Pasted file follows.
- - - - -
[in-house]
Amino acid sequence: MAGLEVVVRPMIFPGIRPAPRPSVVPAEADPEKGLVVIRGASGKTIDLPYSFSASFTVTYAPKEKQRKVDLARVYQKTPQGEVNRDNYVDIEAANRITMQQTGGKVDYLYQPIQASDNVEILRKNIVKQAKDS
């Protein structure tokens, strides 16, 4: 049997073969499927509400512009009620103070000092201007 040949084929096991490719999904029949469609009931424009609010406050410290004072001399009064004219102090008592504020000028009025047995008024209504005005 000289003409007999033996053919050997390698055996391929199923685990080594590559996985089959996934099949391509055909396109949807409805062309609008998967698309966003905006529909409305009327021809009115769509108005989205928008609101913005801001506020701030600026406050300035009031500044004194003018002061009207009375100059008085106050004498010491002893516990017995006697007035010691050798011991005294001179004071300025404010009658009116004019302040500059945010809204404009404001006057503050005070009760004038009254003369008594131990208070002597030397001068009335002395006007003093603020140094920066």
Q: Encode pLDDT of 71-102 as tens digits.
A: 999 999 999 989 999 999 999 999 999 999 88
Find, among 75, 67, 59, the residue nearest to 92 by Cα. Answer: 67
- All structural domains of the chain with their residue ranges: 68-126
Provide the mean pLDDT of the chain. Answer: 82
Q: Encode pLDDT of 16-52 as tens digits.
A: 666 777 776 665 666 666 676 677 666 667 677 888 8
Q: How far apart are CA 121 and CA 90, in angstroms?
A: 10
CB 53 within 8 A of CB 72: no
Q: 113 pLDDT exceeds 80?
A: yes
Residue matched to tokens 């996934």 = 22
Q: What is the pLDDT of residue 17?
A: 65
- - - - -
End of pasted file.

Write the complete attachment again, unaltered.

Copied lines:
[in-house]
Amino acid sequence: MAGLEVVVRPMIFPGIRPAPRPSVVPAEADPEKGLVVIRGASGKTIDLPYSFSASFTVTYAPKEKQRKVDLARVYQKTPQGEVNRDNYVDIEAANRITMQQTGGKVDYLYQPIQASDNVEILRKNIVKQAKDS
């Protein structure tokens, strides 16, 4: 049997073969499927509400512009009620103070000092201007 040949084929096991490719999904029949469609009931424009609010406050410290004072001399009064004219102090008592504020000028009025047995008024209504005005 000289003409007999033996053919050997390698055996391929199923685990080594590559996985089959996934099949391509055909396109949807409805062309609008998967698309966003905006529909409305009327021809009115769509108005989205928008609101913005801001506020701030600026406050300035009031500044004194003018002061009207009375100059008085106050004498010491002893516990017995006697007035010691050798011991005294001179004071300025404010009658009116004019302040500059945010809204404009404001006057503050005070009760004038009254003369008594131990208070002597030397001068009335002395006007003093603020140094920066």
Q: Encode pLDDT of 71-102 as tens digits.
A: 999 999 999 989 999 999 999 999 999 999 88
Find, among 75, 67, 59, the residue nearest to 92 by Cα. Answer: 67
- All structural domains of the chain with their residue ranges: 68-126
Provide the mean pLDDT of the chain. Answer: 82
Q: Encode pLDDT of 16-52 as tens digits.
A: 666 777 776 665 666 666 676 677 666 667 677 888 8
Q: How far apart are CA 121 and CA 90, in angstroms?
A: 10
CB 53 within 8 A of CB 72: no
Q: 113 pLDDT exceeds 80?
A: yes
Residue matched to tokens 């996934």 = 22
Q: What is the pLDDT of residue 17?
A: 65